Martin O'Neill insists he would have 'sorted out' wayward Jack Grealish
Published 25/09/2016 | 02:30
Ireland manager Martin O'Neill claims he could have helped "sort out" Jack Grealish if the Aston Villa playmaker hadn't snubbed him for England.
Grealish (21) continues to court controversy for the off-field antics, the latest coming last weekend when he was allegedly involved in an all-night party at a Birmingham hotel.
Villa manager Roberto Di Matteo has urged his player to "grow up" after fining him two weeks' wages - around €50,000 - and handing him a one-match ban for his latest blemish.
A year ago this week, O'Neill's 13-month pursuit of Grealish's international allegiance was ended by a phone call from the player's father, Kevin, informing him of their decision to defect to England.
The switch was subsequently ratified by FIFA and Grealish represented his homeland's under 21s at the Toulon tournament in May.
Had Grealish stuck with Ireland, the country he'd represented since 14 through his grandparents, O'Neill may have had him at that time preparing for the European Championships.
"I would have been delighted if young Grealish chose us and I think I would have sorted him out because I've been able to do that with a few players during my career," the Ireland manager claims.
"Having him in France at the Euros would have been like a club. I don't think he would have been involved in the shenanigans he has been if I was his club manager. He wouldn't have had the same problems.
"Whether Grealish was coerced into doing something, whether his father wanted him to do something, I don't know. I am not really that bothered any more.
"Once he had decided to go for England, that was fine, he has made his decision. He has to live with that and I move on. I don't see him playing for England in the immediate future but he has the talent."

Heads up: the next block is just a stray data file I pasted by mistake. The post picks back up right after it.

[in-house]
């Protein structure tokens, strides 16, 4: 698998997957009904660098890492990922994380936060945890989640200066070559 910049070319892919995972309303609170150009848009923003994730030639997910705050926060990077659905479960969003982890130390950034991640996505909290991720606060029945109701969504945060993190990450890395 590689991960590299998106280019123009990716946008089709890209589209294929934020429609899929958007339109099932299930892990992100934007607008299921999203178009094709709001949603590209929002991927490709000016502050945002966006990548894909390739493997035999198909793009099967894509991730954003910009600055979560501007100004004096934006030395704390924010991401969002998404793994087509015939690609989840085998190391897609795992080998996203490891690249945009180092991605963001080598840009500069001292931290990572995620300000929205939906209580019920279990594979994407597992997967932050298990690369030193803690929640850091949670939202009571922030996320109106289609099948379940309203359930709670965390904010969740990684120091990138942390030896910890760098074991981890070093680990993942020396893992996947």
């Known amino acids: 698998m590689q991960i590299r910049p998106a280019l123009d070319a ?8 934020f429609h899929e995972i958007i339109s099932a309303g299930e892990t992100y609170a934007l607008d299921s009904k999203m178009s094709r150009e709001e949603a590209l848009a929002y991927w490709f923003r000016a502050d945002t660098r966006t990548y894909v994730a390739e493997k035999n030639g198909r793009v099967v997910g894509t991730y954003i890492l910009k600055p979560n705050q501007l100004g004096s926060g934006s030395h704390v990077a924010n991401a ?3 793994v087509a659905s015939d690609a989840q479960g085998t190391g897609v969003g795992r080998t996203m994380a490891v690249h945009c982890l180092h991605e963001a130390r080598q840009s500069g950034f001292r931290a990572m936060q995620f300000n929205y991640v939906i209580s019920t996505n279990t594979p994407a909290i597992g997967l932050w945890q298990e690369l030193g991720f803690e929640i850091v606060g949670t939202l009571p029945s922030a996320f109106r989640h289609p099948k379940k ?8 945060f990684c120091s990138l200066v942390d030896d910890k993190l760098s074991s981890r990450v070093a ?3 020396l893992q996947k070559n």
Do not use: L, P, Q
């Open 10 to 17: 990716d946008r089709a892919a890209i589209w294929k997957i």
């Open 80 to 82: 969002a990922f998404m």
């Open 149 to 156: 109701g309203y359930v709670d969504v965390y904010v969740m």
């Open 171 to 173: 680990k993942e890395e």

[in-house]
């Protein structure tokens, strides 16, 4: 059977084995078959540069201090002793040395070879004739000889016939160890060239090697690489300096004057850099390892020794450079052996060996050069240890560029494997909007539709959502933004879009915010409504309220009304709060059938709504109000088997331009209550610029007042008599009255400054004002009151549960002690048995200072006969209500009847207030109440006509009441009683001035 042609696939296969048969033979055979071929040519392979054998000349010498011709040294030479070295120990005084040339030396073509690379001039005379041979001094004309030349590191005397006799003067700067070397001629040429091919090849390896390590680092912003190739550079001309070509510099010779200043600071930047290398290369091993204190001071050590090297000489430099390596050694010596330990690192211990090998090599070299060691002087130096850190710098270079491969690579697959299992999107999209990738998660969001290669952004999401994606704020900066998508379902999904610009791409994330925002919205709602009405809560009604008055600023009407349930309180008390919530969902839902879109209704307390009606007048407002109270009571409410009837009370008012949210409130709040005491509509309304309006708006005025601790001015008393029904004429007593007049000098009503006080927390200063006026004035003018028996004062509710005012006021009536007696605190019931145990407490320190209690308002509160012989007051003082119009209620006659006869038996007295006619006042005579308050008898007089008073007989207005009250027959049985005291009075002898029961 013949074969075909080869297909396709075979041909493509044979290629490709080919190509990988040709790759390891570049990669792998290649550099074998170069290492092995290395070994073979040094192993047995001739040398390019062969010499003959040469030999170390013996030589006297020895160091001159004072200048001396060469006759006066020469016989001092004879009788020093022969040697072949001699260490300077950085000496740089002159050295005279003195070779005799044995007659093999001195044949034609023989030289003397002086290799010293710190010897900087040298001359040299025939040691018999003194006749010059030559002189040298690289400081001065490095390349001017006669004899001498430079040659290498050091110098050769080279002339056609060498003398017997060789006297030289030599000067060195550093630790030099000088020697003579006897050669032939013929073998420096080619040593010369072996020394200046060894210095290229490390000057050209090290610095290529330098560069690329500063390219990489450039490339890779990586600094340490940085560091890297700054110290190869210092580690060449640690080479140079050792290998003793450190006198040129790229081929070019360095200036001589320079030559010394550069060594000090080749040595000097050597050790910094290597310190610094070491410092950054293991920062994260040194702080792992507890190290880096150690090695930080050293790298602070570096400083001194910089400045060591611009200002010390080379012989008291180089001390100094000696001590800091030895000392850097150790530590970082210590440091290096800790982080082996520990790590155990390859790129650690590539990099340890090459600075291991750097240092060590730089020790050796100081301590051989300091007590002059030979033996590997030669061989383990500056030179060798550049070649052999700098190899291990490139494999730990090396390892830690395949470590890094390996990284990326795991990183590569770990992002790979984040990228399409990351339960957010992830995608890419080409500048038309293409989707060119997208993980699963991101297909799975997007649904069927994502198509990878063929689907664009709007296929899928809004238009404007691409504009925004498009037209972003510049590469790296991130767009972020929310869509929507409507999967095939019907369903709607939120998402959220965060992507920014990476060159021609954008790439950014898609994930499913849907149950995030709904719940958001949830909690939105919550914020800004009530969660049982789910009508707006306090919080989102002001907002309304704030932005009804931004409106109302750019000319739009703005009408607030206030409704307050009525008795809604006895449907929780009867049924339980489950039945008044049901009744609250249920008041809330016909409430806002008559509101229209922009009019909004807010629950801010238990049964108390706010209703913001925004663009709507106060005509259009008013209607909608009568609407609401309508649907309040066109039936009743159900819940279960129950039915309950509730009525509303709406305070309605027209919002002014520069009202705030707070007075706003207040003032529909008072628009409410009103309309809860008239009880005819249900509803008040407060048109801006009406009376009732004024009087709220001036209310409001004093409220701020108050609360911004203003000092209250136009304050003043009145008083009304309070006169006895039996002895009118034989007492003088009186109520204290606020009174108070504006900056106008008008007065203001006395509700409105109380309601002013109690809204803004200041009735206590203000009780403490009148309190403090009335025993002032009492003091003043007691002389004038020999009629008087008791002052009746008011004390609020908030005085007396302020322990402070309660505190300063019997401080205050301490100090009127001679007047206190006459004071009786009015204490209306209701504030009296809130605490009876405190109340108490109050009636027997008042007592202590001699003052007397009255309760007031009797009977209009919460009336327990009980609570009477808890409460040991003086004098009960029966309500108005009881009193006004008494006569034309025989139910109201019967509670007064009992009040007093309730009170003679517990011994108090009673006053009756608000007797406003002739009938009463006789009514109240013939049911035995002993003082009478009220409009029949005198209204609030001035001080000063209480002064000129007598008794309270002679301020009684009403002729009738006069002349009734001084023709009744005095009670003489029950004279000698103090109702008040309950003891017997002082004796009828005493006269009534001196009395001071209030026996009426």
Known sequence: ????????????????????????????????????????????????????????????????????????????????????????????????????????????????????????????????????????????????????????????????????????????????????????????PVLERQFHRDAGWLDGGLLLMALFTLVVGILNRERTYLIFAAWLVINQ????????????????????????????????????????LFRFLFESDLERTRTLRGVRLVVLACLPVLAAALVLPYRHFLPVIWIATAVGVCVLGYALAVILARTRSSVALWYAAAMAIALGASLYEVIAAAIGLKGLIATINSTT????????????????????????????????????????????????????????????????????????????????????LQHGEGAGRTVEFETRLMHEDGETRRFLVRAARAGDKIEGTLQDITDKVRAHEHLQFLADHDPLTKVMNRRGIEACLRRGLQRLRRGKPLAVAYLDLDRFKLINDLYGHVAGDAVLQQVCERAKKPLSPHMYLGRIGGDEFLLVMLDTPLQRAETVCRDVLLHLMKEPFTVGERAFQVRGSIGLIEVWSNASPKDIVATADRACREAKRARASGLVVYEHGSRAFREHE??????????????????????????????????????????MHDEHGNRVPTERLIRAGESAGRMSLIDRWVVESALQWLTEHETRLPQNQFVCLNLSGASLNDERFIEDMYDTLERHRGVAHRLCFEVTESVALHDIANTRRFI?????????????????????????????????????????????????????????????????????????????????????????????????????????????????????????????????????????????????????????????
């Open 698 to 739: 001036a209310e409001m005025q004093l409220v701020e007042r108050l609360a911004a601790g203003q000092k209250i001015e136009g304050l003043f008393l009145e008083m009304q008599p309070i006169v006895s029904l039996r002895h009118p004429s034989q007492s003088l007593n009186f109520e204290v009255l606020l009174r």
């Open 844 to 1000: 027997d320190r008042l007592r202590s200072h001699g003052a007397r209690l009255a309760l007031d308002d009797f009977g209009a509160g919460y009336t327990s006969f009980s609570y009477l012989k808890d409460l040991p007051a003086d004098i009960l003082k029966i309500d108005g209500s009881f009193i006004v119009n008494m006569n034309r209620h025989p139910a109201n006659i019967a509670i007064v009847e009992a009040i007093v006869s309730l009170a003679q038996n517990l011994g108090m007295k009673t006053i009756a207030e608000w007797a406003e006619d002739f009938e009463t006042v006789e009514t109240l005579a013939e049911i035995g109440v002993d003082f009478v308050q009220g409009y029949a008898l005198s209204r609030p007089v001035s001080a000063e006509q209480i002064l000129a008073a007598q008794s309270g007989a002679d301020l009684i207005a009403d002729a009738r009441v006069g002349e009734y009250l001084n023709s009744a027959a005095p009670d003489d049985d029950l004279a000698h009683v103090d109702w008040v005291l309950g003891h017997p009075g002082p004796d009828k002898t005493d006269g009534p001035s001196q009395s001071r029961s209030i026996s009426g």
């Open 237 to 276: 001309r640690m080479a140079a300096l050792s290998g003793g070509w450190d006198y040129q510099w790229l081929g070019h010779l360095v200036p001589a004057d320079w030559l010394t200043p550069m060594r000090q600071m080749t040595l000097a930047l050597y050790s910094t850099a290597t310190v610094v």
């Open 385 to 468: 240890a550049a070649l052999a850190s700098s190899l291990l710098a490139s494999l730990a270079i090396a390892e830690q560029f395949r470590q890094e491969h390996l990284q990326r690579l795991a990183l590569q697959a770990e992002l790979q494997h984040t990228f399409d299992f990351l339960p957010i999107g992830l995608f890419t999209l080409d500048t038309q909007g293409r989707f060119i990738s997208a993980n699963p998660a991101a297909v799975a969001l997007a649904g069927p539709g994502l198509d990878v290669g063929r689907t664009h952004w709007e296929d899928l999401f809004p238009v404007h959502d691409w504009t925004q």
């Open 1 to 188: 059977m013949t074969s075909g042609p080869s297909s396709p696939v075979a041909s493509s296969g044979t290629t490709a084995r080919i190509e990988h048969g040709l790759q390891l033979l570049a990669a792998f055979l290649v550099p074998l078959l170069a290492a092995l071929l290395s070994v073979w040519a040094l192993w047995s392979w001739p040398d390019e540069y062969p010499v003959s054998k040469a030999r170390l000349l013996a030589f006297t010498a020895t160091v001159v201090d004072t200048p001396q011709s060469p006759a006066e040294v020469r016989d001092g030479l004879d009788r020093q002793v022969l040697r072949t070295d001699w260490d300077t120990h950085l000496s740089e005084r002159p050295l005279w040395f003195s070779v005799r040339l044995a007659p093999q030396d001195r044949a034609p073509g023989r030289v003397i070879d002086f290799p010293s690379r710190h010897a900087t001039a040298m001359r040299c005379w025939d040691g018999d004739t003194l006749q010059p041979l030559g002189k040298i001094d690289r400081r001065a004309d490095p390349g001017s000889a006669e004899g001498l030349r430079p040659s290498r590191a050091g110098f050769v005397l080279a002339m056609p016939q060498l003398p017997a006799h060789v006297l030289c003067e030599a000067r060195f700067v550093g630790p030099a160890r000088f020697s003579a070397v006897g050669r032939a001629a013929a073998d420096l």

Acknowledging that the tug-of-war over Grealish descended into a circus, O'Neill will afford space to the latest player uncertain of his international future, Scott Hogan, without allowing it protract into another saga. He said: "If the player says, 'I am undecided' and the reason that they give is reasonable, then I would give them the time. But there is a finite amount of time that you would wait for somebody."
For all the benefit Hogan's declaration would bring, especially given 29-year-old Shane Long is the youngest forward in his squad, his status as a Championship striker epitomises the lack of Premier League options O'Neill has. He admits the paucity of top forwards worries him as Ireland battle with Serbia, Wales and Austria in the group for the sole automatic berth on offer into the 2018 World Cup.
"That has to be a concern because your choice of player is limited compared to what we're facing with the likes of Serbia who have players playing top-level football. It does make a difference.
"The higher level our players are at, the better. Then they can step into the international stage and not feel that they have to make ferocious adjustments in their game or their psychology.
"It is a concern for the Irish players themselves but they have to deal with it and work accordingly."
After drawing 2-2 away to Serbia in their campaign opener three weeks ago, Ireland are next in action on Thursday week when Georgia visit Lansdowne Road. Ireland then trek to bottom seeds Moldova on October 9 before another trip, to Vienna in Austria, on November 12.
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